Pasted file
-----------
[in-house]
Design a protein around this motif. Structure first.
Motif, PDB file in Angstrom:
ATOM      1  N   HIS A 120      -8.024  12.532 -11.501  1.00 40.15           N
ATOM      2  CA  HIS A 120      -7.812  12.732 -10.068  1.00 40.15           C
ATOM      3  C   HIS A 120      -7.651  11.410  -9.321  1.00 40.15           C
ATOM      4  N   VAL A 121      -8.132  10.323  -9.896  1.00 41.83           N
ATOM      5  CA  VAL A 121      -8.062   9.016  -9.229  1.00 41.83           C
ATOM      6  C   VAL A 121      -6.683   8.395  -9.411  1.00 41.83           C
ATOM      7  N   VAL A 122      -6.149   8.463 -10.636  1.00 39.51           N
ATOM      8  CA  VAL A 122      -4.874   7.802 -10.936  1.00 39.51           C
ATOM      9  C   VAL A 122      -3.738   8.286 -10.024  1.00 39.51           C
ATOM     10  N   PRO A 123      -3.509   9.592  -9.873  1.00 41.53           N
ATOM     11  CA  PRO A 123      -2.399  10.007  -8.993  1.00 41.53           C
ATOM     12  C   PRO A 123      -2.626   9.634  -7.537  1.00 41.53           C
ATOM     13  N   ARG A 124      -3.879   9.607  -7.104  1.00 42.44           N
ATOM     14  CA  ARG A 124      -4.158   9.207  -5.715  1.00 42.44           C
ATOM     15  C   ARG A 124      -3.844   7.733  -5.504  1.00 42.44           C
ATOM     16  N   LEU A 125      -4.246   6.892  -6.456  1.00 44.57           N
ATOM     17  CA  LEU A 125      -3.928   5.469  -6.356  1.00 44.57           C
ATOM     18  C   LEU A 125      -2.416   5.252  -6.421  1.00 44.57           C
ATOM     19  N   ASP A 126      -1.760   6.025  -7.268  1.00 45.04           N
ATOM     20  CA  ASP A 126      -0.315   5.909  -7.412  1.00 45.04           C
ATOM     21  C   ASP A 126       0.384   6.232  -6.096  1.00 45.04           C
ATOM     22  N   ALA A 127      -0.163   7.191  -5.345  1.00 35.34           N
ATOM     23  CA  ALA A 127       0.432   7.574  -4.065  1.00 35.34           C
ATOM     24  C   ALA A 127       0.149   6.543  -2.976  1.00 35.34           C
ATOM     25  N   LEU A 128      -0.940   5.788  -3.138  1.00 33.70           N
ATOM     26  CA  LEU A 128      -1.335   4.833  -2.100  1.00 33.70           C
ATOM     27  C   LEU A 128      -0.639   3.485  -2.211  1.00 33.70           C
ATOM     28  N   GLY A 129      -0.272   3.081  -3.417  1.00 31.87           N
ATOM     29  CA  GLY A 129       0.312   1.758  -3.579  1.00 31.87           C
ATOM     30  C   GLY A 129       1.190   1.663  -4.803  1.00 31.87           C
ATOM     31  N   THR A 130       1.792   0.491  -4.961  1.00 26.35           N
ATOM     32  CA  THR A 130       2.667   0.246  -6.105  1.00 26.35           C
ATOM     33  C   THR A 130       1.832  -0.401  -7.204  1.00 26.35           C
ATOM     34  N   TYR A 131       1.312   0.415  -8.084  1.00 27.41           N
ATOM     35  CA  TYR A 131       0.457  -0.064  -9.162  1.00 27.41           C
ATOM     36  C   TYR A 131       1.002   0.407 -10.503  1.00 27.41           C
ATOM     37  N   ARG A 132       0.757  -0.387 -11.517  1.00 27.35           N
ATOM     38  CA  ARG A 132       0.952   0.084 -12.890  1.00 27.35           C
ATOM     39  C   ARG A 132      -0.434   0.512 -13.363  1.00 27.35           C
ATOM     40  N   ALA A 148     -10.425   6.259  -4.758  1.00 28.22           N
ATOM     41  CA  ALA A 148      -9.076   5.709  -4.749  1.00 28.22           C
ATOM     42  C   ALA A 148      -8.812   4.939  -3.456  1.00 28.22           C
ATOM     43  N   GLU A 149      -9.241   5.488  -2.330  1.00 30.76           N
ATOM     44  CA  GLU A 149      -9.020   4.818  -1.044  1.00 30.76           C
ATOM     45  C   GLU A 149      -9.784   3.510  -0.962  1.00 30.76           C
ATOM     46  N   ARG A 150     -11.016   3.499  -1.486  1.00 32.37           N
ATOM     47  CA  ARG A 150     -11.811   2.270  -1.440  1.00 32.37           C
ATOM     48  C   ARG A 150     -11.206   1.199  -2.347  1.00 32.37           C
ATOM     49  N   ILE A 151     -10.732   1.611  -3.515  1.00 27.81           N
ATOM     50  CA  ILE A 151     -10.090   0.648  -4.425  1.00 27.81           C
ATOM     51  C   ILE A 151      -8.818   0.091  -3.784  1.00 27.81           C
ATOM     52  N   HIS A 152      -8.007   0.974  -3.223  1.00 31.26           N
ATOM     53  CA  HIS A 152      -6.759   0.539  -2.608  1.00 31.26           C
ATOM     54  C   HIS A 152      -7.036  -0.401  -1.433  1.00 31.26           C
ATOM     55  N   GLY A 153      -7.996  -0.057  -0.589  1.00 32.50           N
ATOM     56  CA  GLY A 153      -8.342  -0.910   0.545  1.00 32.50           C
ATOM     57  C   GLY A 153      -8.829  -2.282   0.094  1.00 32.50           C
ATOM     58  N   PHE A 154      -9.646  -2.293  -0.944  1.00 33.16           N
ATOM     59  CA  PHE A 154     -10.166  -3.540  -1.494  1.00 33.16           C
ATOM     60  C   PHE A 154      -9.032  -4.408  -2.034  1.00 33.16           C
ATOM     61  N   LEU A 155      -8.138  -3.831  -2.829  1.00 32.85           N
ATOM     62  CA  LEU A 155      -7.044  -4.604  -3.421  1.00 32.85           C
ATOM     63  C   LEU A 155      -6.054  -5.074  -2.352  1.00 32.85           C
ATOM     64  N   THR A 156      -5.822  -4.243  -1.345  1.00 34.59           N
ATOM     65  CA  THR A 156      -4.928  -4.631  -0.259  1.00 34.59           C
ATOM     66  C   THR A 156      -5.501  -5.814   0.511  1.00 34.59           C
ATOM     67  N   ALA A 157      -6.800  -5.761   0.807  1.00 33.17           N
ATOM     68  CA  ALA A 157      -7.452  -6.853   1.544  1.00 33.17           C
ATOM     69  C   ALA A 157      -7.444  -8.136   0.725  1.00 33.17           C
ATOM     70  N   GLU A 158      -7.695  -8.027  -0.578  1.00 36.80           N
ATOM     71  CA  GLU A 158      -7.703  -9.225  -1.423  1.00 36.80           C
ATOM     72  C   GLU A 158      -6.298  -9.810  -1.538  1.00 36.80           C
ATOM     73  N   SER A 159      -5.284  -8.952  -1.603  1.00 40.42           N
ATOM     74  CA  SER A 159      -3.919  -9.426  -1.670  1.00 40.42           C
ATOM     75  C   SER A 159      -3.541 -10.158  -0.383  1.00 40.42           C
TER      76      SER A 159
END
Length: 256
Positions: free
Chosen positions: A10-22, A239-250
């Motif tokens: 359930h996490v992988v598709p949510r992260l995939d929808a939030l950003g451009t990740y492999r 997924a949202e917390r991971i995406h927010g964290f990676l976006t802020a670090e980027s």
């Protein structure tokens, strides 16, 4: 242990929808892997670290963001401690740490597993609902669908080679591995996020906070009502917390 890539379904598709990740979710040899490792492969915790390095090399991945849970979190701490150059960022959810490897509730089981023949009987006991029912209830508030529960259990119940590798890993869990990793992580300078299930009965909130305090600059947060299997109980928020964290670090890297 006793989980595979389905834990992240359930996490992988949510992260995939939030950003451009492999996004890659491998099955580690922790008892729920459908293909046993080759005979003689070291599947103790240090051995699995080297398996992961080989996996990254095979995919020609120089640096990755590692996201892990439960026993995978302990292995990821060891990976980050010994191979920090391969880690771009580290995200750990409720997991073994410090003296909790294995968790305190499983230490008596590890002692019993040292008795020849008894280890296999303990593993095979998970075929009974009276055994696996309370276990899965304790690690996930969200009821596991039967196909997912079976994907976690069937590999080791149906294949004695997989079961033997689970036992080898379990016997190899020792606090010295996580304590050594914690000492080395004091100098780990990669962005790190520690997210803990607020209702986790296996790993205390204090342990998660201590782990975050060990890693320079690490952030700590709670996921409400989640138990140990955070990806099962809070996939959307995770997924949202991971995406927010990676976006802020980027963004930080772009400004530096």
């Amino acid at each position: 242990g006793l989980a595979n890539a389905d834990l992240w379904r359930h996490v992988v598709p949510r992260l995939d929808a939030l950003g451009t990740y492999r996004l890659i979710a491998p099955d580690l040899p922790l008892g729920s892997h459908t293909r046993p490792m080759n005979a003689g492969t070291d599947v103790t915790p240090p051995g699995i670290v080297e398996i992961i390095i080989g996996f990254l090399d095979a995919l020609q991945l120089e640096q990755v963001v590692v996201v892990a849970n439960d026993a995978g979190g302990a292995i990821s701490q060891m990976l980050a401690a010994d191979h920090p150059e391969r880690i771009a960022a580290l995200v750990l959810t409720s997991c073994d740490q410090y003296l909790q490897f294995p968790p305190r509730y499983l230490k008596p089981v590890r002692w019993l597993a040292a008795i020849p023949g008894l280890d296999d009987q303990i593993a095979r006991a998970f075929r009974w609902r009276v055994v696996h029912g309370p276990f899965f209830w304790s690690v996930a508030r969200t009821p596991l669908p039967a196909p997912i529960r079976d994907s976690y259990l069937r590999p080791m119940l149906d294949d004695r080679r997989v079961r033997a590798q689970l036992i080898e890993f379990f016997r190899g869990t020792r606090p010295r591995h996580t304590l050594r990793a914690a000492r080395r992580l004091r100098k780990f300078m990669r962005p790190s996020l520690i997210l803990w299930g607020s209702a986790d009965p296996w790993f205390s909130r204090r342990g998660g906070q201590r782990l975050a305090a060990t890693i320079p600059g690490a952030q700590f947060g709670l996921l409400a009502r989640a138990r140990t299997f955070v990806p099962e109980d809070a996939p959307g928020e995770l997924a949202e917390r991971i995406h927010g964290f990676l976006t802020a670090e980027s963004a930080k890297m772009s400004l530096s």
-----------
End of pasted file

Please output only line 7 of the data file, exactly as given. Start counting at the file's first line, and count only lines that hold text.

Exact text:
ATOM      4  N   VAL A 121      -8.132  10.323  -9.896  1.00 41.83           N